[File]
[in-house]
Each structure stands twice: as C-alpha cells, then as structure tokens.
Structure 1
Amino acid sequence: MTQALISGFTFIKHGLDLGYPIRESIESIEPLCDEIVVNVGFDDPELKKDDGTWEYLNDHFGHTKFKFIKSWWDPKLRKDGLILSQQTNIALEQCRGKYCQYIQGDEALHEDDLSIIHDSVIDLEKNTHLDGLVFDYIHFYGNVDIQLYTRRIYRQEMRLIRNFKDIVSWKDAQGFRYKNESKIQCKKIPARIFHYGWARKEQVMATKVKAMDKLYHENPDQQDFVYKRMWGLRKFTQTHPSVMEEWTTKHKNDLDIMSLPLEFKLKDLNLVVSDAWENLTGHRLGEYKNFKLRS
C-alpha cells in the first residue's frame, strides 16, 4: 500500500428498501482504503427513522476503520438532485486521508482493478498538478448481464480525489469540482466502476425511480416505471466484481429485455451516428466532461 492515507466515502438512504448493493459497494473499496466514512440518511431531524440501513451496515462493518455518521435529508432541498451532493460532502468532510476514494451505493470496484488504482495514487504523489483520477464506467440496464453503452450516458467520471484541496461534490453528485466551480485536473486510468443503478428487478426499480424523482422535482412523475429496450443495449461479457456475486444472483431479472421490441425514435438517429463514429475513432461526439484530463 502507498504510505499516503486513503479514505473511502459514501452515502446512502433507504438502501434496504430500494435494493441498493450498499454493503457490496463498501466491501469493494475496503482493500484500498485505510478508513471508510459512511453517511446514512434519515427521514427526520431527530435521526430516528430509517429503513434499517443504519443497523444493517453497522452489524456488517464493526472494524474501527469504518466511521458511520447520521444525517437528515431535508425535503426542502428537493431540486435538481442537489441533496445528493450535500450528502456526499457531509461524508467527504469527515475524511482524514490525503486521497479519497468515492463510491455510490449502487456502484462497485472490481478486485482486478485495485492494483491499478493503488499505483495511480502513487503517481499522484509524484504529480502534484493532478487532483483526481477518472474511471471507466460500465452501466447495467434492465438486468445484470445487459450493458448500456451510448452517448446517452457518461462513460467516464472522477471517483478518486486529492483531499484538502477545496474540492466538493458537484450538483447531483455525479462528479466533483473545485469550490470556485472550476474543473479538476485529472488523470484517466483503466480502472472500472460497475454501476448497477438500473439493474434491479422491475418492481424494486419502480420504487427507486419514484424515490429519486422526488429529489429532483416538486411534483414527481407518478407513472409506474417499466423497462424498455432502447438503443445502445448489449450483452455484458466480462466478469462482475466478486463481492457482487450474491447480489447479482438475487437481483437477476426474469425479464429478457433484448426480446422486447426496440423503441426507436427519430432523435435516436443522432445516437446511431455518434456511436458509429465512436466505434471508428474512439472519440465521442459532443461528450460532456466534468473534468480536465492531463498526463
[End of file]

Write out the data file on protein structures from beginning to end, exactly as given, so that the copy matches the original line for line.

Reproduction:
[in-house]
Each structure stands twice: as C-alpha cells, then as structure tokens.
Structure 1
Amino acid sequence: MTQALISGFTFIKHGLDLGYPIRESIESIEPLCDEIVVNVGFDDPELKKDDGTWEYLNDHFGHTKFKFIKSWWDPKLRKDGLILSQQTNIALEQCRGKYCQYIQGDEALHEDDLSIIHDSVIDLEKNTHLDGLVFDYIHFYGNVDIQLYTRRIYRQEMRLIRNFKDIVSWKDAQGFRYKNESKIQCKKIPARIFHYGWARKEQVMATKVKAMDKLYHENPDQQDFVYKRMWGLRKFTQTHPSVMEEWTTKHKNDLDIMSLPLEFKLKDLNLVVSDAWENLTGHRLGEYKNFKLRS
C-alpha cells in the first residue's frame, strides 16, 4: 500500500428498501482504503427513522476503520438532485486521508482493478498538478448481464480525489469540482466502476425511480416505471466484481429485455451516428466532461 492515507466515502438512504448493493459497494473499496466514512440518511431531524440501513451496515462493518455518521435529508432541498451532493460532502468532510476514494451505493470496484488504482495514487504523489483520477464506467440496464453503452450516458467520471484541496461534490453528485466551480485536473486510468443503478428487478426499480424523482422535482412523475429496450443495449461479457456475486444472483431479472421490441425514435438517429463514429475513432461526439484530463 502507498504510505499516503486513503479514505473511502459514501452515502446512502433507504438502501434496504430500494435494493441498493450498499454493503457490496463498501466491501469493494475496503482493500484500498485505510478508513471508510459512511453517511446514512434519515427521514427526520431527530435521526430516528430509517429503513434499517443504519443497523444493517453497522452489524456488517464493526472494524474501527469504518466511521458511520447520521444525517437528515431535508425535503426542502428537493431540486435538481442537489441533496445528493450535500450528502456526499457531509461524508467527504469527515475524511482524514490525503486521497479519497468515492463510491455510490449502487456502484462497485472490481478486485482486478485495485492494483491499478493503488499505483495511480502513487503517481499522484509524484504529480502534484493532478487532483483526481477518472474511471471507466460500465452501466447495467434492465438486468445484470445487459450493458448500456451510448452517448446517452457518461462513460467516464472522477471517483478518486486529492483531499484538502477545496474540492466538493458537484450538483447531483455525479462528479466533483473545485469550490470556485472550476474543473479538476485529472488523470484517466483503466480502472472500472460497475454501476448497477438500473439493474434491479422491475418492481424494486419502480420504487427507486419514484424515490429519486422526488429529489429532483416538486411534483414527481407518478407513472409506474417499466423497462424498455432502447438503443445502445448489449450483452455484458466480462466478469462482475466478486463481492457482487450474491447480489447479482438475487437481483437477476426474469425479464429478457433484448426480446422486447426496440423503441426507436427519430432523435435516436443522432445516437446511431455518434456511436458509429465512436466505434471508428474512439472519440465521442459532443461528450460532456466534468473534468480536465492531463498526463